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These Two Identity Juggernauts Identified Zscaler as a Leader in Zero Trust for Remote Work


Security. Communication. Collaboration.

These were the three areas that companies invested in most since the beginning of last year. Don’t just take my word for it— reports from both Microsoft and Okta provide insight into the most popular enterprise applications being used to support remote work for business.

Zero trust is growing just as quickly as collaboration 

For years, we have talked about the importance of zero trust for access to apps and its two key foundational elements: identity, and the use of business policies (that can adapt as needed) when it comes to securing user access to critical business services. Identity is the passport needed to determine who a specific user is (no implicit trust of IP address). Business policies are set by IT teams and determine which authorized users can access which specific applications. These policies are enforced, and the user to app connection brokered, by a zero trust exchange service. These business policies follow the user no matter where they are—at home, at their favorite cafe, their Airbnb, or back at the office (hopefully someday soon).

As employees join companies, leave companies, and devices get lost or become infected by malware etc., those business policies then automatically adapt using APIs shared across zero trust ecosystem players like Zscaler, Crowdstrike, Microsoft, Okta, and Splunk. For example, this is where our investment in SCIM 2.0 supporting Microsoft, Okta, and others, becomes incredibly useful to our customers. If an employee leaves the company, we consume that information from IDP, and use SCIM 2.0 to revoke access. We can then view logs in real-time and automatically stream them out to a SIEM server for further SOC analysis.

We purposely designed our Zscaler platform to be able to integrate with popular identity providers like Microsoft Azure Active Directory, Okta, Ping and several other SAML-based IDP solutions because we believe in the importance of zero trust within the enterprise. 

So, when I look at the findings from both Microsoft and Okta, two identity juggernauts, the most exciting sub-story that immediately jumps out to me is the fact that zero trust solutions are among the fastest-growing apps on the market–and Zscaler is one of the top solutions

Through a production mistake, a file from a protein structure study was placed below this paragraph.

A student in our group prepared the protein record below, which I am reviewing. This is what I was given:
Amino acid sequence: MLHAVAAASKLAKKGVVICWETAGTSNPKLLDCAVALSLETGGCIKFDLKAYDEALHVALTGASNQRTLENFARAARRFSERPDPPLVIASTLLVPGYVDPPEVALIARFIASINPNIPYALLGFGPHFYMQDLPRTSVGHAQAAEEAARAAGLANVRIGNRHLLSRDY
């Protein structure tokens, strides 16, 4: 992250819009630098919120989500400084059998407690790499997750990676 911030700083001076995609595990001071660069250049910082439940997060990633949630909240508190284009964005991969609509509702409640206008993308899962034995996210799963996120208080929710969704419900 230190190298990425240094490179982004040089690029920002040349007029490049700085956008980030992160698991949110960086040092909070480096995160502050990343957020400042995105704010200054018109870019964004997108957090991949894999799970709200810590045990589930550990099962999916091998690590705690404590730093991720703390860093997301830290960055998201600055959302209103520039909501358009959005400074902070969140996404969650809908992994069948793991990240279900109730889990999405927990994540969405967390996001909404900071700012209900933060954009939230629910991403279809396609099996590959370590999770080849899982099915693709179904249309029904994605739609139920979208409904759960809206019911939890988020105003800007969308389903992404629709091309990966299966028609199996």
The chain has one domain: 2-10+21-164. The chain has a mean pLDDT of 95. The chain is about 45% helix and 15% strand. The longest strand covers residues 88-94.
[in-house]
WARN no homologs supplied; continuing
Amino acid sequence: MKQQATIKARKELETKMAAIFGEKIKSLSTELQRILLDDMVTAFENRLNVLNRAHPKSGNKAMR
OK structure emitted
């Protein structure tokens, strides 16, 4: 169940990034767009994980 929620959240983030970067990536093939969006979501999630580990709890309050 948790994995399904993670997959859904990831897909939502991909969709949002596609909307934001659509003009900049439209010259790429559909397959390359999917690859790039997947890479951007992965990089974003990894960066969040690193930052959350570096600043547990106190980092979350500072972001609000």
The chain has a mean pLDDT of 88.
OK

The state of apps by Microsoft identity (Zscaler is #4)
Microsoft Azure top 10 fastest growing apps by monthly active users


Okta Business at Work Report
Most popular apps by number of monthly active unique users


Zero trust, no matter where users are

The value of adopting a zero trust strategy has become more evident than ever during COVID-19 life, but one important tip I give to customers is to not make the mistake of thinking zero trust is only valid for remote work. Many customers have told me about the prospect of building plans to support a new, hybrid workforce where employees have the ability to work two days remote and three days in the office. For many IT teams, this still remains to be seen, but whatever the case may be, it’s important to not revert back to traditional methods of connectivity that treat remote employee access to apps differently from in-office employee access, and imply trust by allowing users to connect onto the network using VPN, or simply by residing in the office. FIGHT THE URGE TO DO THIS.

I remind them that now that they’ve replaced their remote access VPN (or perhaps plan to soon) with a zero trust solution, they can also use that same zero trust solution to bring employees back to the office safely and securely. The great thing about identity and business policies are that they are omnipresent—they follow the user where they go. So why not take advantage of that? Fewer products for the customer to manage, a seamless user experience from everywhere, and, of course, zero trust access to the business services employees need—who doesn’t want that?

The mass transition to zero trust has already begun, and I am looking forward to its continued adoption within the enterprise–especially when the world begins to open back up

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